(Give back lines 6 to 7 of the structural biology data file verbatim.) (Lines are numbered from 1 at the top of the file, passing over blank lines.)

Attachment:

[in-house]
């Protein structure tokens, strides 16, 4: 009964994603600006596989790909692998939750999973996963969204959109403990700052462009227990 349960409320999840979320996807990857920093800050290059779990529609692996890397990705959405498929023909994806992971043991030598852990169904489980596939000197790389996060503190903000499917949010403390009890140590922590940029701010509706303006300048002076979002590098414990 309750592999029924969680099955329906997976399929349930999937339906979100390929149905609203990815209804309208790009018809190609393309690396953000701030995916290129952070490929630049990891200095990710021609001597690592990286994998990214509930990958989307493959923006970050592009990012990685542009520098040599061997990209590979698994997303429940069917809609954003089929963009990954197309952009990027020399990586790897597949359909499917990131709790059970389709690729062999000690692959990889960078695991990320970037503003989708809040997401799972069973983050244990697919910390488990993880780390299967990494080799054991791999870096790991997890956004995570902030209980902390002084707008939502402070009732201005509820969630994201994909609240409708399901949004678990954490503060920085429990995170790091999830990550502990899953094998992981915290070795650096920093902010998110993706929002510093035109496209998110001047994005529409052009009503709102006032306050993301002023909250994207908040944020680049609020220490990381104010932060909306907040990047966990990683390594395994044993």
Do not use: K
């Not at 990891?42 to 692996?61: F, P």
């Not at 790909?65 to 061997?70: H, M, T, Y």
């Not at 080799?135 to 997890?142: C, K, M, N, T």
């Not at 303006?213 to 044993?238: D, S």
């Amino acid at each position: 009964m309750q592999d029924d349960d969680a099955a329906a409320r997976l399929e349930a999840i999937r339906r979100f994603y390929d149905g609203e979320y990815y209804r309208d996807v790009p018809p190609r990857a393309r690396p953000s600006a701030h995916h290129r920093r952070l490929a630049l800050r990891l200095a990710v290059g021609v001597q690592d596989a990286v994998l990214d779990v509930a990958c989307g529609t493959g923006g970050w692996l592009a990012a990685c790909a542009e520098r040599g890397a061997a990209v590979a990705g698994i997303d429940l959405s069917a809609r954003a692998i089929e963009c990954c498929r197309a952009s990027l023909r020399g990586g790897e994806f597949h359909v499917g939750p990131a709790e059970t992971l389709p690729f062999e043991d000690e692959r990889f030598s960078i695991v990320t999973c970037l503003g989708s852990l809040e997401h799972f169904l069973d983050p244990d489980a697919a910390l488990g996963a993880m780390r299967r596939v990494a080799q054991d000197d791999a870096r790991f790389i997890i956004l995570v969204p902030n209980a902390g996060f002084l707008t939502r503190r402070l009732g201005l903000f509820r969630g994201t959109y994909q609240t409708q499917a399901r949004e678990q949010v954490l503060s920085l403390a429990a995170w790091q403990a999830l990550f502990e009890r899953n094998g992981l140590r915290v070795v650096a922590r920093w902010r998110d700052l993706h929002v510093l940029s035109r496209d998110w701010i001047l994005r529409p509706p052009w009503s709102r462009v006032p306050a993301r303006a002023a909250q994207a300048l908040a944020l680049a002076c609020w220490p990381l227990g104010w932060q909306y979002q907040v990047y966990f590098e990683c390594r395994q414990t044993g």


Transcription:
């Not at 080799?135 to 997890?142: C, K, M, N, T």
């Not at 303006?213 to 044993?238: D, S």